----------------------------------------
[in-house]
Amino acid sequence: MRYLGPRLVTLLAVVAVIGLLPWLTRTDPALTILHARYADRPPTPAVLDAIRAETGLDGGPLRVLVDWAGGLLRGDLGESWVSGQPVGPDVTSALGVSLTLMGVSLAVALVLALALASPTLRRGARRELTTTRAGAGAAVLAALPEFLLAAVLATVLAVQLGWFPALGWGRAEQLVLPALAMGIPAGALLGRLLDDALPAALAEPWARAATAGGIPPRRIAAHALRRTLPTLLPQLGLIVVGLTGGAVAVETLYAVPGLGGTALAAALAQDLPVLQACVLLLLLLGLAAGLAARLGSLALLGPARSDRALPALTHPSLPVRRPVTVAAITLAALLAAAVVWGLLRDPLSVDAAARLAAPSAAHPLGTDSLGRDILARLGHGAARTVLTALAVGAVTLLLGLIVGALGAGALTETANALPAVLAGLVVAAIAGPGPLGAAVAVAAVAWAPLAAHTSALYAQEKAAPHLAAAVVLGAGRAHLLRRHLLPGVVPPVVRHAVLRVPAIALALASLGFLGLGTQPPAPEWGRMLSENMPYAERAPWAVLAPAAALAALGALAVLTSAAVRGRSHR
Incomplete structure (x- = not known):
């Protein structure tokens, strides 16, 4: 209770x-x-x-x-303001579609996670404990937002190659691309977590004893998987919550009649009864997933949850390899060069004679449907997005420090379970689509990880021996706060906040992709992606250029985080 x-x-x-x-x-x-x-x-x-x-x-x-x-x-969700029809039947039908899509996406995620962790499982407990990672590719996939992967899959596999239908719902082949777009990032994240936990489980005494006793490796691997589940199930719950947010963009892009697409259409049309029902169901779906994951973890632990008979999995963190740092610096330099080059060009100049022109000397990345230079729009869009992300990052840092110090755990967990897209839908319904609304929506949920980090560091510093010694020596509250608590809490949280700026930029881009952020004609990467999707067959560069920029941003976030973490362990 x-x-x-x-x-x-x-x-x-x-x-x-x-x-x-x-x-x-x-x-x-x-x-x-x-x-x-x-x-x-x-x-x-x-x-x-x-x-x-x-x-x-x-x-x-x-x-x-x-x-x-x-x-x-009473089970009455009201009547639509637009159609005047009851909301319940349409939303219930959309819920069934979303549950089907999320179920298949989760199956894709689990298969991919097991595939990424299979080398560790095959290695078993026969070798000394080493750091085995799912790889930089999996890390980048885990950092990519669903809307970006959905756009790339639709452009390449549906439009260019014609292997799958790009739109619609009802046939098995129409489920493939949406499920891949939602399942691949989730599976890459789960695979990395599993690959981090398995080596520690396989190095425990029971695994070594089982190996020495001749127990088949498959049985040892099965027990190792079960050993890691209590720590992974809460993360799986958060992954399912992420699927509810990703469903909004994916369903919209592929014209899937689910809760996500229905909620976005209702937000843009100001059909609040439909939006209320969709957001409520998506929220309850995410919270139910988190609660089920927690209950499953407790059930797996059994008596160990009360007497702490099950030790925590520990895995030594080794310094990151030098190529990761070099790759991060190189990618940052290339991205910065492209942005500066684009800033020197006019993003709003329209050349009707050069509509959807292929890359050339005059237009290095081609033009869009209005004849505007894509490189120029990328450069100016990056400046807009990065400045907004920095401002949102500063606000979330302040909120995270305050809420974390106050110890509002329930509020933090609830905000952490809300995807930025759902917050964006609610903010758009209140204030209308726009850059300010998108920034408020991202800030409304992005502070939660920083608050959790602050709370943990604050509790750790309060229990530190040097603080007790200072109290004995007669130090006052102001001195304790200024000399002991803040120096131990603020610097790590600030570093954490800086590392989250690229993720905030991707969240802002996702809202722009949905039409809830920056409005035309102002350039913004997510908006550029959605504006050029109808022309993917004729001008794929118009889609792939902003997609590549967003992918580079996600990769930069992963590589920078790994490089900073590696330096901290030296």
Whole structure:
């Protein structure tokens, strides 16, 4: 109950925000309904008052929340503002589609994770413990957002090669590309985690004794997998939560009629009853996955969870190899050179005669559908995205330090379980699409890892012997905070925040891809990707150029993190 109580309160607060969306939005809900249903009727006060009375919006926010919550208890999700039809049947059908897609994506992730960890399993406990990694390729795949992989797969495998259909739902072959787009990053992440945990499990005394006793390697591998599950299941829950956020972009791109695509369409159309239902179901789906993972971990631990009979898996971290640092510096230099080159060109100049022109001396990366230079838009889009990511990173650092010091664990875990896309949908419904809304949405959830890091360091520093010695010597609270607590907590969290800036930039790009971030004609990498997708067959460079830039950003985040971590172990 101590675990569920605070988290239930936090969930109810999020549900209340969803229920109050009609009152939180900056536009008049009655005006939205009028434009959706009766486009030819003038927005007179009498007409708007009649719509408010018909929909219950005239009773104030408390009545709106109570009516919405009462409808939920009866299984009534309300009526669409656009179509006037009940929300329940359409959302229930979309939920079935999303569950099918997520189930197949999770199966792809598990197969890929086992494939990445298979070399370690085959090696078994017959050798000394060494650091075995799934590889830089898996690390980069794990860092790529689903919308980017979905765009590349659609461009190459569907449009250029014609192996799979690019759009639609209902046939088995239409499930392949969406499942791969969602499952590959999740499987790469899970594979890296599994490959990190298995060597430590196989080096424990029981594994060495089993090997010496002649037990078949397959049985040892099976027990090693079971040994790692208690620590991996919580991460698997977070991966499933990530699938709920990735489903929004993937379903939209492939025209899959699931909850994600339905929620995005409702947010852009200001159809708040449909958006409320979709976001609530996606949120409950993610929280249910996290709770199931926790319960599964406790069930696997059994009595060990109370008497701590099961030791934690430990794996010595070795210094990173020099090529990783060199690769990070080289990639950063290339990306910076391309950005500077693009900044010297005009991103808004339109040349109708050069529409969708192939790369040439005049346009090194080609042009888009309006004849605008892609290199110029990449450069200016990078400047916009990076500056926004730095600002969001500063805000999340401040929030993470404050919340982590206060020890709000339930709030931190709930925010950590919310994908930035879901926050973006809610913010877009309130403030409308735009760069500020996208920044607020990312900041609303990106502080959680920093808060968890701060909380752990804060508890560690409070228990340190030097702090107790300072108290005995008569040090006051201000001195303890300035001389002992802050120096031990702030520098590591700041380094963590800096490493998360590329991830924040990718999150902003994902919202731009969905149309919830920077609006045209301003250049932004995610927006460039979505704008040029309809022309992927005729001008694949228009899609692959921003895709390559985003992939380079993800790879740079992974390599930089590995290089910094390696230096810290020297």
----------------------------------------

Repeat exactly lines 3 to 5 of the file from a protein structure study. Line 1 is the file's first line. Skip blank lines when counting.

Incomplete structure (x- = not known):
């Protein structure tokens, strides 16, 4: 209770x-x-x-x-303001579609996670404990937002190659691309977590004893998987919550009649009864997933949850390899060069004679449907997005420090379970689509990880021996706060906040992709992606250029985080 x-x-x-x-x-x-x-x-x-x-x-x-x-x-969700029809039947039908899509996406995620962790499982407990990672590719996939992967899959596999239908719902082949777009990032994240936990489980005494006793490796691997589940199930719950947010963009892009697409259409049309029902169901779906994951973890632990008979999995963190740092610096330099080059060009100049022109000397990345230079729009869009992300990052840092110090755990967990897209839908319904609304929506949920980090560091510093010694020596509250608590809490949280700026930029881009952020004609990467999707067959560069920029941003976030973490362990 x-x-x-x-x-x-x-x-x-x-x-x-x-x-x-x-x-x-x-x-x-x-x-x-x-x-x-x-x-x-x-x-x-x-x-x-x-x-x-x-x-x-x-x-x-x-x-x-x-x-x-x-x-x-009473089970009455009201009547639509637009159609005047009851909301319940349409939303219930959309819920069934979303549950089907999320179920298949989760199956894709689990298969991919097991595939990424299979080398560790095959290695078993026969070798000394080493750091085995799912790889930089999996890390980048885990950092990519669903809307970006959905756009790339639709452009390449549906439009260019014609292997799958790009739109619609009802046939098995129409489920493939949406499920891949939602399942691949989730599976890459789960695979990395599993690959981090398995080596520690396989190095425990029971695994070594089982190996020495001749127990088949498959049985040892099965027990190792079960050993890691209590720590992974809460993360799986958060992954399912992420699927509810990703469903909004994916369903919209592929014209899937689910809760996500229905909620976005209702937000843009100001059909609040439909939006209320969709957001409520998506929220309850995410919270139910988190609660089920927690209950499953407790059930797996059994008596160990009360007497702490099950030790925590520990895995030594080794310094990151030098190529990761070099790759991060190189990618940052290339991205910065492209942005500066684009800033020197006019993003709003329209050349009707050069509509959807292929890359050339005059237009290095081609033009869009209005004849505007894509490189120029990328450069100016990056400046807009990065400045907004920095401002949102500063606000979330302040909120995270305050809420974390106050110890509002329930509020933090609830905000952490809300995807930025759902917050964006609610903010758009209140204030209308726009850059300010998108920034408020991202800030409304992005502070939660920083608050959790602050709370943990604050509790750790309060229990530190040097603080007790200072109290004995007669130090006052102001001195304790200024000399002991803040120096131990603020610097790590600030570093954490800086590392989250690229993720905030991707969240802002996702809202722009949905039409809830920056409005035309102002350039913004997510908006550029959605504006050029109808022309993917004729001008794929118009889609792939902003997609590549967003992918580079996600990769930069992963590589920078790994490089900073590696330096901290030296």
Whole structure: